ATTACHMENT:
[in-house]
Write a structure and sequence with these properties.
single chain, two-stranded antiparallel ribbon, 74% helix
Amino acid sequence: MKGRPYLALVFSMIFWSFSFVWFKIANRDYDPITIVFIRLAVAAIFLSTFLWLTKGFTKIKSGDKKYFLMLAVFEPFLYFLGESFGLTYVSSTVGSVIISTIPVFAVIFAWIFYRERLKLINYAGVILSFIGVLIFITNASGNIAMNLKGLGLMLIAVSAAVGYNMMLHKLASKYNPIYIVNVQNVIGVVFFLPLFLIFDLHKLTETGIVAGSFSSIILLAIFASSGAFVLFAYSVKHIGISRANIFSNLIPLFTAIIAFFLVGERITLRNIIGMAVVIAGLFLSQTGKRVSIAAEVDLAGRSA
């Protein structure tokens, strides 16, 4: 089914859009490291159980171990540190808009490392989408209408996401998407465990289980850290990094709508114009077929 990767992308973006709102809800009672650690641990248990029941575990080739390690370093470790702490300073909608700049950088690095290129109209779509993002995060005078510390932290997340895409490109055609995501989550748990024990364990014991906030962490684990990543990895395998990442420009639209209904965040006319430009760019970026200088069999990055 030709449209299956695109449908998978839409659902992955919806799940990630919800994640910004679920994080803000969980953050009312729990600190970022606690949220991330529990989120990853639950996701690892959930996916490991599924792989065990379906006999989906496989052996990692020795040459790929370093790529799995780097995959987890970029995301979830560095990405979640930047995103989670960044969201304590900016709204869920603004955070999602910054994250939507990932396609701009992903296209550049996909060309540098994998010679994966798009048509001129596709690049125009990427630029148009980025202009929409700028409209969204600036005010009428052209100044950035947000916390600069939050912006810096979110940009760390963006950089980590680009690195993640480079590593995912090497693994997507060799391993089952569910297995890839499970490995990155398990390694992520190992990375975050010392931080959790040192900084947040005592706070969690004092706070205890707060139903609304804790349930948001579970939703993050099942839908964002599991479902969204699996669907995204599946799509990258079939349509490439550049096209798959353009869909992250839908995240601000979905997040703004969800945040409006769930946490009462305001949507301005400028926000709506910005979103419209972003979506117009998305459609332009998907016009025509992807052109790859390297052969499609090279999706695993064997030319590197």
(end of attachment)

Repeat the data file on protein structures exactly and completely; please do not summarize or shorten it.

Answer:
[in-house]
Write a structure and sequence with these properties.
single chain, two-stranded antiparallel ribbon, 74% helix
Amino acid sequence: MKGRPYLALVFSMIFWSFSFVWFKIANRDYDPITIVFIRLAVAAIFLSTFLWLTKGFTKIKSGDKKYFLMLAVFEPFLYFLGESFGLTYVSSTVGSVIISTIPVFAVIFAWIFYRERLKLINYAGVILSFIGVLIFITNASGNIAMNLKGLGLMLIAVSAAVGYNMMLHKLASKYNPIYIVNVQNVIGVVFFLPLFLIFDLHKLTETGIVAGSFSSIILLAIFASSGAFVLFAYSVKHIGISRANIFSNLIPLFTAIIAFFLVGERITLRNIIGMAVVIAGLFLSQTGKRVSIAAEVDLAGRSA
């Protein structure tokens, strides 16, 4: 089914859009490291159980171990540190808009490392989408209408996401998407465990289980850290990094709508114009077929 990767992308973006709102809800009672650690641990248990029941575990080739390690370093470790702490300073909608700049950088690095290129109209779509993002995060005078510390932290997340895409490109055609995501989550748990024990364990014991906030962490684990990543990895395998990442420009639209209904965040006319430009760019970026200088069999990055 030709449209299956695109449908998978839409659902992955919806799940990630919800994640910004679920994080803000969980953050009312729990600190970022606690949220991330529990989120990853639950996701690892959930996916490991599924792989065990379906006999989906496989052996990692020795040459790929370093790529799995780097995959987890970029995301979830560095990405979640930047995103989670960044969201304590900016709204869920603004955070999602910054994250939507990932396609701009992903296209550049996909060309540098994998010679994966798009048509001129596709690049125009990427630029148009980025202009929409700028409209969204600036005010009428052209100044950035947000916390600069939050912006810096979110940009760390963006950089980590680009690195993640480079590593995912090497693994997507060799391993089952569910297995890839499970490995990155398990390694992520190992990375975050010392931080959790040192900084947040005592706070969690004092706070205890707060139903609304804790349930948001579970939703993050099942839908964002599991479902969204699996669907995204599946799509990258079939349509490439550049096209798959353009869909992250839908995240601000979905997040703004969800945040409006769930946490009462305001949507301005400028926000709506910005979103419209972003979506117009998305459609332009998907016009025509992807052109790859390297052969499609090279999706695993064997030319590197």